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Merkel Awaits Obama

Saturday, December 20th, 2008

I’d like to take up again the subject of the rather unconventional German governmental response – so far – to the surging economic troubles to be found in Germany as well as more widely, prompted as I am to do so by the reader response I’ve received. You might recall that we can summarize that response as “Times might be tough, but there’s no need for this government or any other to spend huge sums, go way into debt, or otherwise endanger the EU’s Stability Pact that is supposed to underpin the euro.” (But also remember that this unorthodox position seems to be held only at the German government’s top levels, with plenty of insistent calls to start spending coming from elsewhere, including lower-down in that same government.)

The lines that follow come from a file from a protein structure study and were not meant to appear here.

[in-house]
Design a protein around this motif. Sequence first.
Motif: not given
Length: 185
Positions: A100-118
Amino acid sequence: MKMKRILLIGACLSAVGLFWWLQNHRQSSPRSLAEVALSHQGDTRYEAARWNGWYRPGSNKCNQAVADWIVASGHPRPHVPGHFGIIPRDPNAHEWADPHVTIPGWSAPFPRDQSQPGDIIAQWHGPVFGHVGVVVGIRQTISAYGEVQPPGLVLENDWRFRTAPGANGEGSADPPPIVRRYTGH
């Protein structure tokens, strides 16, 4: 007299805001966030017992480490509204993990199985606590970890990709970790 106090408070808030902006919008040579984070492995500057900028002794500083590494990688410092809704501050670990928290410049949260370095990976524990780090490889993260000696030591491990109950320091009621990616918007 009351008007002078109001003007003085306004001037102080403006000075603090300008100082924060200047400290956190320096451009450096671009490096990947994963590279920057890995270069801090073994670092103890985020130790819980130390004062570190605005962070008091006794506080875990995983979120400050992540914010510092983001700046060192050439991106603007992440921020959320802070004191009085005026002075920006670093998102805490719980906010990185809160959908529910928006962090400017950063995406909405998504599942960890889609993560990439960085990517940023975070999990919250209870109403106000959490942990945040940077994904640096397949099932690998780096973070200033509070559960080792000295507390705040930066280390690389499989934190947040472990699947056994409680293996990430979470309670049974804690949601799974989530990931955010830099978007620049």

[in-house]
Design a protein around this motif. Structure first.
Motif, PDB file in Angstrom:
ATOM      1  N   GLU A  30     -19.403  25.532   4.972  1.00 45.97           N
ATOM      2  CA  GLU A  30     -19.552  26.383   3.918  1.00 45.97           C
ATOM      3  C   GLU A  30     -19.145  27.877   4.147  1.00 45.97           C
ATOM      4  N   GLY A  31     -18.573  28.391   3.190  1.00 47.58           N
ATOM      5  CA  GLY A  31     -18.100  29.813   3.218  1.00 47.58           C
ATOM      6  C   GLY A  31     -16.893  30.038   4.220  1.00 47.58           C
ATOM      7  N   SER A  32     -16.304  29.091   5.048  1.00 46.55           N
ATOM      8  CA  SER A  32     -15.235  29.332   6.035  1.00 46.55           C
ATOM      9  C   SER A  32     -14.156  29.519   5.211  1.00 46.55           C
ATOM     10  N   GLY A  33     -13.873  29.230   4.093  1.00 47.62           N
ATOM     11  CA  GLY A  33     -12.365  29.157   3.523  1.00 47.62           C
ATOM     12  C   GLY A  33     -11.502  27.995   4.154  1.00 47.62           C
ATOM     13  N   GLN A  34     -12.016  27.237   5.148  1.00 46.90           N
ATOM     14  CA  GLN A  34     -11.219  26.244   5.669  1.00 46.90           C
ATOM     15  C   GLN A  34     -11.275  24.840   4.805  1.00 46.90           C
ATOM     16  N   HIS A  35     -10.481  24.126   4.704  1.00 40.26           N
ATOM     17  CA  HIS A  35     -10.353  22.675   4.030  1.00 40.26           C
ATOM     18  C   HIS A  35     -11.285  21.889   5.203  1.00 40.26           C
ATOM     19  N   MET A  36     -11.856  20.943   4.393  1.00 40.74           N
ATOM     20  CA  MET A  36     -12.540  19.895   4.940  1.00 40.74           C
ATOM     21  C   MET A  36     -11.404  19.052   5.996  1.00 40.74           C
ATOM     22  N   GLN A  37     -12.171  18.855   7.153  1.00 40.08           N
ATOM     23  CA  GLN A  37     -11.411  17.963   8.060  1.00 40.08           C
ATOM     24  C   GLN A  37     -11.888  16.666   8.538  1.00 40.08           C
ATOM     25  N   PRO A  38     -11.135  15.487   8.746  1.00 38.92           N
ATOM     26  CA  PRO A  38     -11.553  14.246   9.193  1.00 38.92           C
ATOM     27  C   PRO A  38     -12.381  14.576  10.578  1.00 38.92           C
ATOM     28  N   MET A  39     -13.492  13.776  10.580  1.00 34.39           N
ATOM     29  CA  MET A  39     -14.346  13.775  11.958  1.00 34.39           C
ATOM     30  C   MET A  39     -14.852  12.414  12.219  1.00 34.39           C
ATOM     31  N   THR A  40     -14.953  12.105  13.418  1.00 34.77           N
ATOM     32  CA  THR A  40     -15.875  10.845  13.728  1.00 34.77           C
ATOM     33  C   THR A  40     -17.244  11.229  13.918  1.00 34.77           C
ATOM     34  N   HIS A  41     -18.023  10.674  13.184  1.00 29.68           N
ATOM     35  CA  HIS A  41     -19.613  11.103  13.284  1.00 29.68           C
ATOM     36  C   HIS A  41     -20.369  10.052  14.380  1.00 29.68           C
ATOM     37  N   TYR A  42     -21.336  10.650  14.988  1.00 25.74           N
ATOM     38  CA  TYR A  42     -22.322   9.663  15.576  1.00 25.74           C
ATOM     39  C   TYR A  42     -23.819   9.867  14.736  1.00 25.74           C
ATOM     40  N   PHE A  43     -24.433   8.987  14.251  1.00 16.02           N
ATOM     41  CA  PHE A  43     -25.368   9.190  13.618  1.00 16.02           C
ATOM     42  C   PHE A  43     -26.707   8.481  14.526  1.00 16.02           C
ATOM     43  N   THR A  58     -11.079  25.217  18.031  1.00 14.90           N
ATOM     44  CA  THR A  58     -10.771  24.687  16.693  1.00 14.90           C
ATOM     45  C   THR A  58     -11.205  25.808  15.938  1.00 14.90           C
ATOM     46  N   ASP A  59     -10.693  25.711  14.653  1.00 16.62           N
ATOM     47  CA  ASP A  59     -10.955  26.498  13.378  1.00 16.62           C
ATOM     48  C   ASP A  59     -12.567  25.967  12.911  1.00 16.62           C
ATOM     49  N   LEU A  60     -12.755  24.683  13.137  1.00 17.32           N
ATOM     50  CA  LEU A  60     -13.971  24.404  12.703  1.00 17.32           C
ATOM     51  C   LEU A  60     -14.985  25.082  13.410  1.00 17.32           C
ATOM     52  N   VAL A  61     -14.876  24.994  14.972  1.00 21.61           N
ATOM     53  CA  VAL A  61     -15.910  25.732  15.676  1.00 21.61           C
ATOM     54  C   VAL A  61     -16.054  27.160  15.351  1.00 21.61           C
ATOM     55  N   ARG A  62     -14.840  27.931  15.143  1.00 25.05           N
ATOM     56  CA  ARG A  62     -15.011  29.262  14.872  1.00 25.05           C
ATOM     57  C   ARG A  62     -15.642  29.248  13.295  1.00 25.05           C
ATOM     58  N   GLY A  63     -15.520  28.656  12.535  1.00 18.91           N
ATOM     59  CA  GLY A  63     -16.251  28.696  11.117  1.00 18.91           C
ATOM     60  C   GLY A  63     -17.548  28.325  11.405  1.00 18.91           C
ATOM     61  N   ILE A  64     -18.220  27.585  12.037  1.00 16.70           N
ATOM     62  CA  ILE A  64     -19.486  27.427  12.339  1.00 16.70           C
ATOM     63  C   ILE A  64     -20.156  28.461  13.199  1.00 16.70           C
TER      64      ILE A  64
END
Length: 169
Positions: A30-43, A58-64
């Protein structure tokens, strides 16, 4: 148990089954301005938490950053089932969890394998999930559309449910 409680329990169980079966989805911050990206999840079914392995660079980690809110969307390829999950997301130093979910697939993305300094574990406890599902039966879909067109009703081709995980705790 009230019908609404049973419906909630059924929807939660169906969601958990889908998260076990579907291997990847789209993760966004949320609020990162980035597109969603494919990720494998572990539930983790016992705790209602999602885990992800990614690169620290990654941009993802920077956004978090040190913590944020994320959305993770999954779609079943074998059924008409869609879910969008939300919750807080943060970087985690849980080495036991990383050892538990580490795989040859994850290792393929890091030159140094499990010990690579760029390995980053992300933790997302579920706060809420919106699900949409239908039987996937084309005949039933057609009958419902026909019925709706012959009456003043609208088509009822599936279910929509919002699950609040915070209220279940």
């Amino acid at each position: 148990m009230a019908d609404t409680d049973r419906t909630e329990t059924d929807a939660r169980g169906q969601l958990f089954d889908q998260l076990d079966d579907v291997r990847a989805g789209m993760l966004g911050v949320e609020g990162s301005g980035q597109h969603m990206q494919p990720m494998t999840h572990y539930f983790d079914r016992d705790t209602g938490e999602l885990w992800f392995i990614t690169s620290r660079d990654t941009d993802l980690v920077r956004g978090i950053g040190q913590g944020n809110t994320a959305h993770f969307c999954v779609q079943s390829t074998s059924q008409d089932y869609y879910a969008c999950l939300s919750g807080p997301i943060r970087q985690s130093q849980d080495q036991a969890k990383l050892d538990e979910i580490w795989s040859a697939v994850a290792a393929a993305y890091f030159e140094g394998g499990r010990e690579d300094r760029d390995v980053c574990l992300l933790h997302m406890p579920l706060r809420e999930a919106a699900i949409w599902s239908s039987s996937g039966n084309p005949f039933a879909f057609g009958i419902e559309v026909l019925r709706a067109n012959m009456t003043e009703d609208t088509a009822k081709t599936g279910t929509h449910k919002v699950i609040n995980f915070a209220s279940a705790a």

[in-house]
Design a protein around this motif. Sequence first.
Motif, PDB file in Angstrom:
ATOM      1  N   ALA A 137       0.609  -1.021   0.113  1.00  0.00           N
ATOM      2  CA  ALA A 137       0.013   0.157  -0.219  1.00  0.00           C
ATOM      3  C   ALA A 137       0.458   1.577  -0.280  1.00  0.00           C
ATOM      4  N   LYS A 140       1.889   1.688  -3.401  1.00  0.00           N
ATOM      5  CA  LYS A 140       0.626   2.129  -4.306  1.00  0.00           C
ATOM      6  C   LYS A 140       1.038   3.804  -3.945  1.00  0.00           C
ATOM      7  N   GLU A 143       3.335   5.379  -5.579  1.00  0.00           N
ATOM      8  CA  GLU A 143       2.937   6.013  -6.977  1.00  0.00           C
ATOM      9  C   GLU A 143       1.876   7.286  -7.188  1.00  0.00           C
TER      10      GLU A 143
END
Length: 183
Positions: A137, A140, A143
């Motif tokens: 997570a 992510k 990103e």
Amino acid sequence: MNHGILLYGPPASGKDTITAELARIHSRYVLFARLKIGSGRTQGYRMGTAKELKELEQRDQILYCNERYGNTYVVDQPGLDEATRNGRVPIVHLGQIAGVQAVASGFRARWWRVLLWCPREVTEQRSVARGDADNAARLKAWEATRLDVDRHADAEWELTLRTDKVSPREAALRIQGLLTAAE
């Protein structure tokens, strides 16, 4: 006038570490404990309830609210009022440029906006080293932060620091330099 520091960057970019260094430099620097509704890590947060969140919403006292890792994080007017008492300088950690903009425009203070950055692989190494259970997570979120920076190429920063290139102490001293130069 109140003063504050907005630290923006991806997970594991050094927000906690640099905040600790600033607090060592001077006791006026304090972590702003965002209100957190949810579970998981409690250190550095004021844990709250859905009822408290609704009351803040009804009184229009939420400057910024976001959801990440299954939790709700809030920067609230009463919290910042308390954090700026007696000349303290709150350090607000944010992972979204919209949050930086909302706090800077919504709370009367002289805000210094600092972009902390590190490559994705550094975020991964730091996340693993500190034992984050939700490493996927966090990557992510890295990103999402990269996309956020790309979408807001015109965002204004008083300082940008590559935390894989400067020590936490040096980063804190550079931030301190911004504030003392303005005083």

This whole question in its broader sense – which could be phrased, ¡¿Caramba!, what can we do to stop the onrushing Great Depression? – is put into sharp relief by a commentary from Thursday in the Financial Times by the historian Niall Ferguson* (in English of course: The age of obligation, h/t to Naked Capitalism). (more…)

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More Obama Reax

Monday, November 10th, 2008

The ramifications of Obama’s electoral victory last Tuesday are still percolating through the European political consciousness, if the steady supply of commentary in the media there is any indication. We surely would not want to miss, for example, the just-issued commentary from L’Humanité, the organ of the PCF, the French Communist Party, which in its (web-)pages asks United States: Change of an Era? (more…)

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Kennedy and America’s Downfall

Sunday, October 19th, 2008